Many of the reviews that appeared in the wake of Theme From Kindness, predecessor to this, the fourth (natch) offering from power trio Shield Your Eyes, waxed confused at best, and at worst, downright appalled. The 405’s own James Canham slammed the record, calling it ‘avant-garde by numbers’, citing its ‘zaniness’, ‘over stretched and over tried vocals’, and ‘little nonsensical guitar flourishes’ as just some of the reasons for his ire – and all this from a reviewer who ‘fucking love(s) the experimental music scene’. Shield Your Eyes must be a particularly difficult band, no? Well, no, actually, I wouldn’t say so. The first thing that leapt right out at me (and I’ve only gotten the thinnest hair more adventurous about music since I first started paying attention to it) is how much goddamn melody the band manage to pack into their polymorphous, spunout jams. How lines like ‘call in dead baby, be my girl’ emanate an abstract tenderness that cuts right through those formidable, electrifying lead lines. In any case, Volume 4 could perhaps be the record to win over anyone alienated by Theme From Kindness’ unforgiving stance.

James also noted of Volume 4’s predecessor that ‘everything on (that) record screams of people almost dying to be different, to be new’. The same can certainly not be said of Volume 4, and this is in no way to its detriment. Whether intentional or unintentional, the little nod to Sabbath in the record’s title is kind of apt – Volume 4 travels backwards in time, encompassing the attitude and occasionally the sound of certain bands who weren’t constantly striving to change the face of music, but often kind of did by accident. The result is a record that often sounds something like Zuma era Crazy Horse jamming Cap’n Jazz songs, with the occasional genuine nod to the band’s professed blues influences, as in closer ‘schutze deine augen’.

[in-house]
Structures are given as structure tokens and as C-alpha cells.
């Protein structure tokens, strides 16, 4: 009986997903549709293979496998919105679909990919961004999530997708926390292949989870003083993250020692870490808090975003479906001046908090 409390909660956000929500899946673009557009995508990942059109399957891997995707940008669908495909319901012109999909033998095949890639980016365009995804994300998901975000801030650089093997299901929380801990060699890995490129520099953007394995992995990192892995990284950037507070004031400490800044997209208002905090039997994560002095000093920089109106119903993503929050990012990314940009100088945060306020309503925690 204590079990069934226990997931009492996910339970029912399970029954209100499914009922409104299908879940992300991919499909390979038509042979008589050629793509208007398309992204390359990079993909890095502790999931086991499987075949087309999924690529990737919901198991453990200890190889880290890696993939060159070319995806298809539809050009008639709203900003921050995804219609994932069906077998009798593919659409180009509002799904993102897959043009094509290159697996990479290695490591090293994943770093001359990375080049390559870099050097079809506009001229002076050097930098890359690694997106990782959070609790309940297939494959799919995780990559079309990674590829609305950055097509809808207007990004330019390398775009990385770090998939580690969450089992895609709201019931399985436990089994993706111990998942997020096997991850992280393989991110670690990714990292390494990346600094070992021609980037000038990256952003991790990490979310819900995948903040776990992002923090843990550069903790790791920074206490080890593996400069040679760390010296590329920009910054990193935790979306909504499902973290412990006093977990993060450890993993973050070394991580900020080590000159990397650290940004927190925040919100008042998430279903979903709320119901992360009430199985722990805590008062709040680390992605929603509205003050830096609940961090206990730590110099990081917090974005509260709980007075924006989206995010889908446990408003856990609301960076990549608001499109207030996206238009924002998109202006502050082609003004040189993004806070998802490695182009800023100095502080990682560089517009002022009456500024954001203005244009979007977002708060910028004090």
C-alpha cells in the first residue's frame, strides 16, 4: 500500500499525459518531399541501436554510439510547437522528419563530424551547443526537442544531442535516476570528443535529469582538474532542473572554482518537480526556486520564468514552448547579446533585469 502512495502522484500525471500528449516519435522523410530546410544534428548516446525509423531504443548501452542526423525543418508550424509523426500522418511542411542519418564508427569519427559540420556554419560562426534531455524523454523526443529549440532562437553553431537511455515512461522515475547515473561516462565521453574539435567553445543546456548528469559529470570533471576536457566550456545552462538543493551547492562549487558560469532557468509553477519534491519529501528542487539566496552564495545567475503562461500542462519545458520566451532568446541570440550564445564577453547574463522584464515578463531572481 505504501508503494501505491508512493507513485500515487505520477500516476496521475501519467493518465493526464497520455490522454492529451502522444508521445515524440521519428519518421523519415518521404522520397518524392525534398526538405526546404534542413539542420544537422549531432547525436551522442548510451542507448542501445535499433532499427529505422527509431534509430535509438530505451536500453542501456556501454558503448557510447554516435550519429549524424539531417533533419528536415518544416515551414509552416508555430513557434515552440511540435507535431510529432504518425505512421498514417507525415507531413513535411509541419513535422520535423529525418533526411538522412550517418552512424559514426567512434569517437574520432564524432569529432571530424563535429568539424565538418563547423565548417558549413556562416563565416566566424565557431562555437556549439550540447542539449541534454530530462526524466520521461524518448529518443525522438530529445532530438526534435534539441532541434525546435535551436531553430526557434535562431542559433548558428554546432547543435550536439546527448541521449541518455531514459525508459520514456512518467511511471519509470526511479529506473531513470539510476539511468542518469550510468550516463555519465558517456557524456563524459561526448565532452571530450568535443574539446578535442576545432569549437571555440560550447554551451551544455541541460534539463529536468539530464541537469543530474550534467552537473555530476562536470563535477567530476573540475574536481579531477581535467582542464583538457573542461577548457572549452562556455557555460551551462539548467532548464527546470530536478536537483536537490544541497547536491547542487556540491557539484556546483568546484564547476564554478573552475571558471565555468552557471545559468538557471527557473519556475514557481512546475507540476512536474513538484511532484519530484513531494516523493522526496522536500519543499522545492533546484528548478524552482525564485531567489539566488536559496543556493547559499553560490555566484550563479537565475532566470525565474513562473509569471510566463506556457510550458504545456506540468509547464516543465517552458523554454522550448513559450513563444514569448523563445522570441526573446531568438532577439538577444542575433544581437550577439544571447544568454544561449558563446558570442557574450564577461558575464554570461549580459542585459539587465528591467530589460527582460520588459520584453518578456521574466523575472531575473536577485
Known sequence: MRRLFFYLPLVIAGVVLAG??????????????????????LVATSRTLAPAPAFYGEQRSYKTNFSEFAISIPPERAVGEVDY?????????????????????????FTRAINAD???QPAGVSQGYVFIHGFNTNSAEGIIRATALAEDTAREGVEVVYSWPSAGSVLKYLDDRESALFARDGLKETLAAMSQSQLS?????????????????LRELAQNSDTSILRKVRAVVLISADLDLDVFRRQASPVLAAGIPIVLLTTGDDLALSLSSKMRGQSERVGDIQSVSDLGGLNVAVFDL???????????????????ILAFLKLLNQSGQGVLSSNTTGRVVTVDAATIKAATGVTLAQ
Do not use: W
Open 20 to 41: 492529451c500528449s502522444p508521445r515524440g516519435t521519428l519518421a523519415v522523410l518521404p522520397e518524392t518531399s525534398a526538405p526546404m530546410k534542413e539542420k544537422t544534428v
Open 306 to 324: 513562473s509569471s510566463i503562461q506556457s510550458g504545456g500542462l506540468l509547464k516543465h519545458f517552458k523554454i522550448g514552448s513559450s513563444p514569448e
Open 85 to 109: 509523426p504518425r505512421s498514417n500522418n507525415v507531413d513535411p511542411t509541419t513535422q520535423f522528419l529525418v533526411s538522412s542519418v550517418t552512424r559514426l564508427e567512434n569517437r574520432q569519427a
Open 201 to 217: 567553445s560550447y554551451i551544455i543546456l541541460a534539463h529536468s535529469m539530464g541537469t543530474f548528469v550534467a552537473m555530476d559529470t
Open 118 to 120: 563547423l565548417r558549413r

Where …Kindness came to life in bassist Nick Bavin’s living room, Volume 4 was put to tape at an off-season hotel in Jersey, and the effect of all that empty space is easy to hear. Where before songs often sounded tinny and tightly wound, here they have room to breathe. So it is that whilst Volume 4 is perhaps more palatable than …Kindness, it feels healthily more like a happy by-product than compromise, especially with songs as strong as those present here. After the exhilarating two and a half minute instrumental squall that closes ‘Drill Your Heavy Heart’, ‘Glad’ comes over shockingly soft, a gently sad acoustic number more akin to Nick Drake’s bluesier outings than any of the more expected reference points. And where something like ‘You Merit High Hopes’ is still loud and clangy as fuck, and features the kind of breathtakingly busy broken beats that wouldn’t be too out of place on a jungle record, it exhibits that straight-ahead sense of melodic purpose that characterise Shield Your Eyes’ best songs.

Dissatisfied at consistently and incorrectly being lumped in with the South’s post-hardcore scene, Shield Your Eyes are making it ok to wig out again. Forget every preconceived notion you ever had about jam bands being boring and ostentatious – Shield Your Eyes have rarely failed to present anything less than thrilling (particularly live, so if you haven’t seen them yet, y’know, do), and Volume 4 is no exception, dumping all the attendant baggage of ‘experimentation’, and anything close to an At the Drive-In reference, along the way.